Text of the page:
The Blessing of the Burden
A strange and fascinating thing happens when you begin farming in any capacity or in any sense of that word. You begin living in a world of abundance that somehow was invisible before. One small egg from your first hen becomes a celebrated treasure. Potatoes you planted and dig up yourself make you feel as though your wealth is beyond measure. And then one egg becomes many, and one potato an entire bushel. And while these things are certain blessings, they also carry a great responsibility. For every crop harvested and every animal who gives its life or a part of itself must be put to the fullest possible use. Nothing must be wasted. It is all much too valuable - literally filled with blood, sweat, tears, and love.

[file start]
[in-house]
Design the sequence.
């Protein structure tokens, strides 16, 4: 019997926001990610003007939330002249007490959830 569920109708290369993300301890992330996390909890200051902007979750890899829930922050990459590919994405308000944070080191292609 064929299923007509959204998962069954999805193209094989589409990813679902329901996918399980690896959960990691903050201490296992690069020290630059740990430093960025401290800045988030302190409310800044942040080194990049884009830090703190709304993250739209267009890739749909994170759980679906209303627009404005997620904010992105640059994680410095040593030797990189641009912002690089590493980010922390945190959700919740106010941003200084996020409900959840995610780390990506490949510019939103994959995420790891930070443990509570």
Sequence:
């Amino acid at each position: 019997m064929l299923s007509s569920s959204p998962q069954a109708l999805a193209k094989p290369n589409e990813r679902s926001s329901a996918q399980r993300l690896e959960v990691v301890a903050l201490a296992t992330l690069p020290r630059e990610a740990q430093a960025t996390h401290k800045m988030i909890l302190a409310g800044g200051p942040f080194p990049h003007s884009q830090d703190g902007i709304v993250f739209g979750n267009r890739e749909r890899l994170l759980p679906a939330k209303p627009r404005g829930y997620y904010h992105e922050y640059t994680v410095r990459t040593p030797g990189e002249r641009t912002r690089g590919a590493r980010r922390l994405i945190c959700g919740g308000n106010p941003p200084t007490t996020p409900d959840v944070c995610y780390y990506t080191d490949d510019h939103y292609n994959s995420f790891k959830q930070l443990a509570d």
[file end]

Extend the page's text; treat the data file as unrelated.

These are things that, before I started toiling in the soil and among the animals, didn't cross my mind so much. They are the same things that now consume me daily. And with all of this also comes the blessing of having to slow down, though not in the way it sounds - the days are incredibly full and always too short; the to-do list ever-growing - but most of the tasks that fill my days simply cannot be rushed or done half-heartedly. They demand attention and presence; reverence, even. With this presence comes the most wonderful gift - that of awareness. Awareness of cycles, time, life, change, death. Awareness that is sometimes a burden for all the energy it requires.
Whether you farm acres of land or a pot of herbs on a windowsill, you can't help but be changed by the act. To recognize the beauty of life in its many forms. To know work of an immeasurable value. And to feel blessed by the burden of it all.
-Jaime from Ngo Family Farm